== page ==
Daytime exposure for corona16 October 2000
Daytime aerial inspections are set to revolutionise the maintenance of transmission line equipment. Suzanne Pritchard explains how the development of a corona camera which utilises solar blind filters has made this possible
Walking on the moon became a reality in 1969 thanks to revolutionary technological advancements. But until 1999 effective daytime inspections of overhead transmission lines were almost impossible, and a mere dream for hydro utilities who wished to make safe inspections in remote, inaccessible and rough terrain.
One of the most effective indications of problematic transmission lines or substation equipment is the presence of corona activity. Corona is a luminous discharge caused by high voltage electrical breakdown, and results in emissions mainly in the ultraviolet (UV) region of the light spectrum. It produces light as discrete lines across a broad band of ultraviolet but the signal is weak in comparison to the sun and cannot be seen during daylight, although it is audible.
Corona activity may indicate the presence of faults such as shorting, cracks or excessive pollution on ceramic insulators, or broken strands on conductors strung between transmission towers. On non ceramic insulators corona discharge may indicate a severely degraded unit that may in time fail electrically or mechanically. AM radio and television interference is another problem.
The ability to detect corona can be of immense value, possibly saving power transmission companies millions of dollars by rectifying faults at an early stage. Conventional corona cameras have not been successful in detecting corona activity during daylight hours, and for safety reasons airborne inspections of long sections of transmission lines are only practical during the day. Corona faults can be surveyed using infrared imagers but they can only detect heat when severe damage to lines or equipment has already occurred. Although UV cameras can work at night when solar radiation does not blanket the weak corona effect, such inspections are known to be difficult, inefficient and expensive. However, the successful partnering of Ofil, an Israeli company, and epri, the energy research organisation, is set to revolutionise the maintenance of transmission lines and high voltage power equipment.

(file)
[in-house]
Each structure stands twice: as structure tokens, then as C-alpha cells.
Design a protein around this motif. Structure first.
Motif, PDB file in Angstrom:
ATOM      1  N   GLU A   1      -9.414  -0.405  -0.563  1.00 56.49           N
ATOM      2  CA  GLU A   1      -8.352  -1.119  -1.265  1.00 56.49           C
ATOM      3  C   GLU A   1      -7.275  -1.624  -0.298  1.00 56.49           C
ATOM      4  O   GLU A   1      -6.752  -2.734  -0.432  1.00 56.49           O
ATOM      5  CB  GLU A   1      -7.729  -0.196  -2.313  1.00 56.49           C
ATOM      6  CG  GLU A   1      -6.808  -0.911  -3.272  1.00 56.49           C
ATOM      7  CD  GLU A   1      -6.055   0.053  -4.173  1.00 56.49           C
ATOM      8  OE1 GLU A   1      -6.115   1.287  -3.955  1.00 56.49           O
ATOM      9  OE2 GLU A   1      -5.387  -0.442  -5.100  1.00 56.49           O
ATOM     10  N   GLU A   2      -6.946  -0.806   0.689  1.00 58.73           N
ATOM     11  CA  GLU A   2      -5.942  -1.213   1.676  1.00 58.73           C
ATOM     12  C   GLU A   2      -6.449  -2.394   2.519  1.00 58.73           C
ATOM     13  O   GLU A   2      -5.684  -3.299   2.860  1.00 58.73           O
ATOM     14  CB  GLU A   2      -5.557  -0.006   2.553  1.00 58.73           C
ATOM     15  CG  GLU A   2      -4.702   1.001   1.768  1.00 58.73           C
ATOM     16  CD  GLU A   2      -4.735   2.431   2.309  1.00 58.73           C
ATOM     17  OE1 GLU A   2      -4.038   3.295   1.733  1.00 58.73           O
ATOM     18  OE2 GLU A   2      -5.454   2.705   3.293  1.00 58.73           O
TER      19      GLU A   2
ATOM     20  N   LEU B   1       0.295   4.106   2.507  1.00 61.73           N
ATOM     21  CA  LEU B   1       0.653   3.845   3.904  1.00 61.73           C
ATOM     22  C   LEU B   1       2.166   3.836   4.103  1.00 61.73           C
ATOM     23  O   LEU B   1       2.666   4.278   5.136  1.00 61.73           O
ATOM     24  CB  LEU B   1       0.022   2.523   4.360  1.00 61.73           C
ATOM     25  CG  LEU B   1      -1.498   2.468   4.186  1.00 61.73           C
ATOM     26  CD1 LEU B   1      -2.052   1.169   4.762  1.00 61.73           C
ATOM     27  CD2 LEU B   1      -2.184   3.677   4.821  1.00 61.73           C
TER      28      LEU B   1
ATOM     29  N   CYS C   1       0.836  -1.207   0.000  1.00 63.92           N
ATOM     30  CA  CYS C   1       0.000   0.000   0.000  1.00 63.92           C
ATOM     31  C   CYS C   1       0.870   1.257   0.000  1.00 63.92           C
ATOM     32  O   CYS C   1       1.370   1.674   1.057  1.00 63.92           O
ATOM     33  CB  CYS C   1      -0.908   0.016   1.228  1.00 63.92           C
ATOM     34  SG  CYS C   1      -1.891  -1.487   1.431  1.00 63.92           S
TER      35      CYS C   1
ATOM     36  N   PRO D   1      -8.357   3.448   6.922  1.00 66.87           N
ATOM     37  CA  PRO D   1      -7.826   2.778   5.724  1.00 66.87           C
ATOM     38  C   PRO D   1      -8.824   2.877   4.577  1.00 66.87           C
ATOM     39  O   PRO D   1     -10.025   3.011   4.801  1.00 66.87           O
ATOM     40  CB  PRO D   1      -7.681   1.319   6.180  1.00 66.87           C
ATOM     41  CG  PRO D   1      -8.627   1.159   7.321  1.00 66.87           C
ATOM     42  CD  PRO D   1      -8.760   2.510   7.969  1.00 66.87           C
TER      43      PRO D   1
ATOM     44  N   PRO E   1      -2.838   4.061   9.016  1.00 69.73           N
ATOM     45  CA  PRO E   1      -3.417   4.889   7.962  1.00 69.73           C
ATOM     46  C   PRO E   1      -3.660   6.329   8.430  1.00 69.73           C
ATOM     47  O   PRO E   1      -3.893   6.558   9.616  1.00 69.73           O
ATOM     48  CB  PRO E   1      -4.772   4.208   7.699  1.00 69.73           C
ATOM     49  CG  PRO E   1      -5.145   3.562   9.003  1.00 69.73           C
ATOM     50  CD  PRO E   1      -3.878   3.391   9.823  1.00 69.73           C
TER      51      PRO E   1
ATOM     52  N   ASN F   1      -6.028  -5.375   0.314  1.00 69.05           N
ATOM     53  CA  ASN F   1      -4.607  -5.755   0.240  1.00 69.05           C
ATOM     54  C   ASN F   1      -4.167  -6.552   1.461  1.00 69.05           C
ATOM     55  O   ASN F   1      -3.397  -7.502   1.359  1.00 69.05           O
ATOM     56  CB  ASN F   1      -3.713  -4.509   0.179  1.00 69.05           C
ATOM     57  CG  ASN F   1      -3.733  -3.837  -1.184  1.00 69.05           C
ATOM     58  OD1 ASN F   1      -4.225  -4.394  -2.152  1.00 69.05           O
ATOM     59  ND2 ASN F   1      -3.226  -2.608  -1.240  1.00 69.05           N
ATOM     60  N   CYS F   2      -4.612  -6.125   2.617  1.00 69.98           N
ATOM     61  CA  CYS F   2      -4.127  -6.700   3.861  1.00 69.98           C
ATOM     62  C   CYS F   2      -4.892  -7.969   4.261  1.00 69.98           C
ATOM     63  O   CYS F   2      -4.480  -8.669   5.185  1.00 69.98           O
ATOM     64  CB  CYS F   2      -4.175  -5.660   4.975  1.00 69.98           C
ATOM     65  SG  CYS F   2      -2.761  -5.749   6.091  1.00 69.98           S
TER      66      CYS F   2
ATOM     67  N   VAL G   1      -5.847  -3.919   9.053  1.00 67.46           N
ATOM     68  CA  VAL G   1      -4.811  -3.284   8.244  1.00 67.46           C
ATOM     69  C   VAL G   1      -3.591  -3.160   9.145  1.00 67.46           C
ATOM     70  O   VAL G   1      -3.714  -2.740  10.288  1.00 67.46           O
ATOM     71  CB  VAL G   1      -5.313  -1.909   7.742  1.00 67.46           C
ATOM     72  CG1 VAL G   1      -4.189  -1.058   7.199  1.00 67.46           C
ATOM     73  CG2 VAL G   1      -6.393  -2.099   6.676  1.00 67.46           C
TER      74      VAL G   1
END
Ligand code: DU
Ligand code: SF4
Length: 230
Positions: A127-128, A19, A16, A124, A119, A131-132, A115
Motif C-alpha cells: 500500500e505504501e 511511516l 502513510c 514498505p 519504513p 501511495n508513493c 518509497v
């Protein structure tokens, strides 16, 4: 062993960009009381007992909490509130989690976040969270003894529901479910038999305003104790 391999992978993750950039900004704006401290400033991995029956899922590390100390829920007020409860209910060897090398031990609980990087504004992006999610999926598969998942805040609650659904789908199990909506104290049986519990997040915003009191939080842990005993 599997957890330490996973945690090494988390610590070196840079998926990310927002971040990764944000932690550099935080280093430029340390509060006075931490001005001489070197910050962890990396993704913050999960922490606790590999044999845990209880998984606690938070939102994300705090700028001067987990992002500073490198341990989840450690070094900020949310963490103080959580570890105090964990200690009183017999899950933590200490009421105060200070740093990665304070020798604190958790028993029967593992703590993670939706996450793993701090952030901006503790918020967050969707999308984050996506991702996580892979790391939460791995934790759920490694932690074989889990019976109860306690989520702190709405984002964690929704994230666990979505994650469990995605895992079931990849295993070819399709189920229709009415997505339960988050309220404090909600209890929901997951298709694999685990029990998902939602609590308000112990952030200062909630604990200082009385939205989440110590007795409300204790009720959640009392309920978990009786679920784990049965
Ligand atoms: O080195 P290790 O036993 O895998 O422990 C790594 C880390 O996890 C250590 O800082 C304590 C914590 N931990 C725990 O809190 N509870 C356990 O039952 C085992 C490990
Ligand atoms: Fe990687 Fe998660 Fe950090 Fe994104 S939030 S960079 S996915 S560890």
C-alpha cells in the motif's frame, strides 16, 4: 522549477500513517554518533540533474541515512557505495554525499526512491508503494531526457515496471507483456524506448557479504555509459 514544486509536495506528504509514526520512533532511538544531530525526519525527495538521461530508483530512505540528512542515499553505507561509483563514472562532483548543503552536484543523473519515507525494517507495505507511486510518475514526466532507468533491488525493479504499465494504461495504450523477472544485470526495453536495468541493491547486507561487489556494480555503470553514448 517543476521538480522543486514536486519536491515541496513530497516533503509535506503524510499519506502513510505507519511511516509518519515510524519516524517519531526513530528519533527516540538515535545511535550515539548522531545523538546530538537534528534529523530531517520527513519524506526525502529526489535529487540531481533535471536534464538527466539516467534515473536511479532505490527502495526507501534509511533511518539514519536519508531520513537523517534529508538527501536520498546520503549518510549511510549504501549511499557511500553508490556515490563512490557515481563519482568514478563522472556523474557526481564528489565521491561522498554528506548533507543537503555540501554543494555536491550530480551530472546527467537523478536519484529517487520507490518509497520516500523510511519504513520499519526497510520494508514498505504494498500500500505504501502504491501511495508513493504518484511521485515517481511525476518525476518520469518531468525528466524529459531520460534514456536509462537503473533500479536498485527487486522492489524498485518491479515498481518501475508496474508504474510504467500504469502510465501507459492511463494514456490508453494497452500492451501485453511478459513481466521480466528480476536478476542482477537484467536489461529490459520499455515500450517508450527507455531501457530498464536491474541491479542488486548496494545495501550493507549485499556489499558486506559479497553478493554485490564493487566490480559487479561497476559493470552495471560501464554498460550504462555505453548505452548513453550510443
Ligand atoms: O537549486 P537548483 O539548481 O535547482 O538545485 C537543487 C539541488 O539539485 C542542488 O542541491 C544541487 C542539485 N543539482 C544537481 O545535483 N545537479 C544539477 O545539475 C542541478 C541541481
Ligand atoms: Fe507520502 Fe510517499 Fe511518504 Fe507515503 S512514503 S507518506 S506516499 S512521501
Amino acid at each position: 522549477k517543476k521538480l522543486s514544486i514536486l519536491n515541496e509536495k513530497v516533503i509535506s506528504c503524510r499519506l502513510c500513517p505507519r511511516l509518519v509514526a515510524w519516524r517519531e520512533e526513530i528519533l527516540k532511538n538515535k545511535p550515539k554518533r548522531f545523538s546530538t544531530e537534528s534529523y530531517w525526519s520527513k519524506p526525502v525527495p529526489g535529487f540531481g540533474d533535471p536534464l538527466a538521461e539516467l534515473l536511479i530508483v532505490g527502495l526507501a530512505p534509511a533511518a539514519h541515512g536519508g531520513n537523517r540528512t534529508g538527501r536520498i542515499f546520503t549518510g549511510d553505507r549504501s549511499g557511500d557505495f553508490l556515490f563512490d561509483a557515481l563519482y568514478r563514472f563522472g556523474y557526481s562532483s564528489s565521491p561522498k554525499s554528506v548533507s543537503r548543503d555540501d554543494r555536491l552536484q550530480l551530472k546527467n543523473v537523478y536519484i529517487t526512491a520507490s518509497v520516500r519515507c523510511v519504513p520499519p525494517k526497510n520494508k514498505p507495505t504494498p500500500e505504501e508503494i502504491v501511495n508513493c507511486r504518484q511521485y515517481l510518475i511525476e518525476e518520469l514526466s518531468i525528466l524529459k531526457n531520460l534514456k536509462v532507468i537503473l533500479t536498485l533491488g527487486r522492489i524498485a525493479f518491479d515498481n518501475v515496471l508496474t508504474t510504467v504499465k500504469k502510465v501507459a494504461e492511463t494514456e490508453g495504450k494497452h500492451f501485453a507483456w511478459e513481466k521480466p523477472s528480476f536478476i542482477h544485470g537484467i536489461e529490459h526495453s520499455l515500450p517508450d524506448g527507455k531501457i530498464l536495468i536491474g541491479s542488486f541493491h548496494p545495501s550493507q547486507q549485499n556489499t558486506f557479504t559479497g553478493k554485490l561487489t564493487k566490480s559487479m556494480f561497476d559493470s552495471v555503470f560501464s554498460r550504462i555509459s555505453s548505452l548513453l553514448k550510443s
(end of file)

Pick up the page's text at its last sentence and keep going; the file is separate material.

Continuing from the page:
Solar blind filter
The evolution of the DayCor corona camera can be traced back to a fruitful search on the internet. In 1997 Andrew Phillips, senior research engineer at the EPRIsolutions Engineering and Test Centre in Massachusetts, US, was trying to locate equipment which could detect corona in the daylight. He discovered that Malka and Pinhas Lindner, chemical engineers who founded Ofil, had developed a filter that would only transmit the ultraviolet C (UVc) band of wavelengths.
The filter has been designed to detect radiation in the 240-280nm UVc range — a band of wavelengths called the solar blind range which is inactive except for primarily man-made energy sources. In the solar blind spectral range the ozone in the atmosphere absorbs all of the sun’s radiation, so it is as dark at noon as it is at midnight. Phillips says that he knew straight away that solar blind UV filters would help give corona activity some well deserved daylight exposure.
EPRI and Ofil agreed to work together on the development of the DayCor camera using the two organisations’ respective power industry and optics expertise. Several EPRI member US electric utilities, including New York Power Authority, Tennessee Valley Authority, Alabama Power, City Public Service of San Antonio, Allegheny Power, East Kentucky Power and Bonneville Power Administration, have also been involved in the camera’s development.
Phillips says that in order to locate corona on equipment it was necessary to overlay an image of the corona onto an image of the structure being inspected. The result is the DayCor bi-spectral camera which consists of two video imaging channels.
The camera works by splitting the incoming image in two by using a UV beam splitter. It sends the first image through the solar blind filter, to block out the sunlight, then onto an image intensifier. As corona discharges emit UV radiation from 230-405nm, and the solar blind filter only operates from 240-280nm, this narrower range results in a weaker signal. As the corona signal consists of only a few photons, the intensifier is necessary to make it visible. High contrast images are obtained due to the absence of background radiation.
The intensifier then sends the UV image to one charge-coupled device camera, while the image of the object under investigation is sent to a second standard video camera. A special imaging process super-imposes the two images, producing a final image of the corona exactly as it appears on the insulator, conductor or other line component.
In June 1999 Ofil sent a prototype of the camera to EPRI. ‘Laboratory and field tests have already exceeded our expectations,’ Phillips says. ‘With further improvements, which are under way, we believe this device will prove indispensable for the inspection of transmission lines and substation components.’ And there is already evidence of this.